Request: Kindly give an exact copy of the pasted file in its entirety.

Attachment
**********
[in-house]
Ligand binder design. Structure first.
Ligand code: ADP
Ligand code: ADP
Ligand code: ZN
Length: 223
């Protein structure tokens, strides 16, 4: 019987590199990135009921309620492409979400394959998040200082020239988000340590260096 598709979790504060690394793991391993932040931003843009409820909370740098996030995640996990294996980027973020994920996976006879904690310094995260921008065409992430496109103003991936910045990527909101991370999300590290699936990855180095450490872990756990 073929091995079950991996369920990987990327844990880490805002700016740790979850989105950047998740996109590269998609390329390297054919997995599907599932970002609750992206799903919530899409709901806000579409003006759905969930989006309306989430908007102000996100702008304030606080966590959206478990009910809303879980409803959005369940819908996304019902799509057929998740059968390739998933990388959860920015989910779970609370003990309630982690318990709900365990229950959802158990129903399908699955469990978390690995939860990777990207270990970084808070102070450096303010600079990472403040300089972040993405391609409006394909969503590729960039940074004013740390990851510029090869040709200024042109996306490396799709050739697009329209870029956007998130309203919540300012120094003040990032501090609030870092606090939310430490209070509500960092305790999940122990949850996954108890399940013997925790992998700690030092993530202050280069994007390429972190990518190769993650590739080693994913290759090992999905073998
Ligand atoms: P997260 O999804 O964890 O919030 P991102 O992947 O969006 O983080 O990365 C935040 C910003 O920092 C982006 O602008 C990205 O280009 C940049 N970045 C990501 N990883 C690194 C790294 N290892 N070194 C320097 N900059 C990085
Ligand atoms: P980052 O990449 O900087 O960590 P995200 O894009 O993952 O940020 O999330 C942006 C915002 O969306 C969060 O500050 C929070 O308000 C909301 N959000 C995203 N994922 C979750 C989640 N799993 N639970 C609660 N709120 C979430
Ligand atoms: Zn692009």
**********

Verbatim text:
[in-house]
Ligand binder design. Structure first.
Ligand code: ADP
Ligand code: ADP
Ligand code: ZN
Length: 223
């Protein structure tokens, strides 16, 4: 019987590199990135009921309620492409979400394959998040200082020239988000340590260096 598709979790504060690394793991391993932040931003843009409820909370740098996030995640996990294996980027973020994920996976006879904690310094995260921008065409992430496109103003991936910045990527909101991370999300590290699936990855180095450490872990756990 073929091995079950991996369920990987990327844990880490805002700016740790979850989105950047998740996109590269998609390329390297054919997995599907599932970002609750992206799903919530899409709901806000579409003006759905969930989006309306989430908007102000996100702008304030606080966590959206478990009910809303879980409803959005369940819908996304019902799509057929998740059968390739998933990388959860920015989910779970609370003990309630982690318990709900365990229950959802158990129903399908699955469990978390690995939860990777990207270990970084808070102070450096303010600079990472403040300089972040993405391609409006394909969503590729960039940074004013740390990851510029090869040709200024042109996306490396799709050739697009329209870029956007998130309203919540300012120094003040990032501090609030870092606090939310430490209070509500960092305790999940122990949850996954108890399940013997925790992998700690030092993530202050280069994007390429972190990518190769993650590739080693994913290759090992999905073998
Ligand atoms: P997260 O999804 O964890 O919030 P991102 O992947 O969006 O983080 O990365 C935040 C910003 O920092 C982006 O602008 C990205 O280009 C940049 N970045 C990501 N990883 C690194 C790294 N290892 N070194 C320097 N900059 C990085
Ligand atoms: P980052 O990449 O900087 O960590 P995200 O894009 O993952 O940020 O999330 C942006 C915002 O969306 C969060 O500050 C929070 O308000 C909301 N959000 C995203 N994922 C979750 C989640 N799993 N639970 C609660 N709120 C979430
Ligand atoms: Zn692009």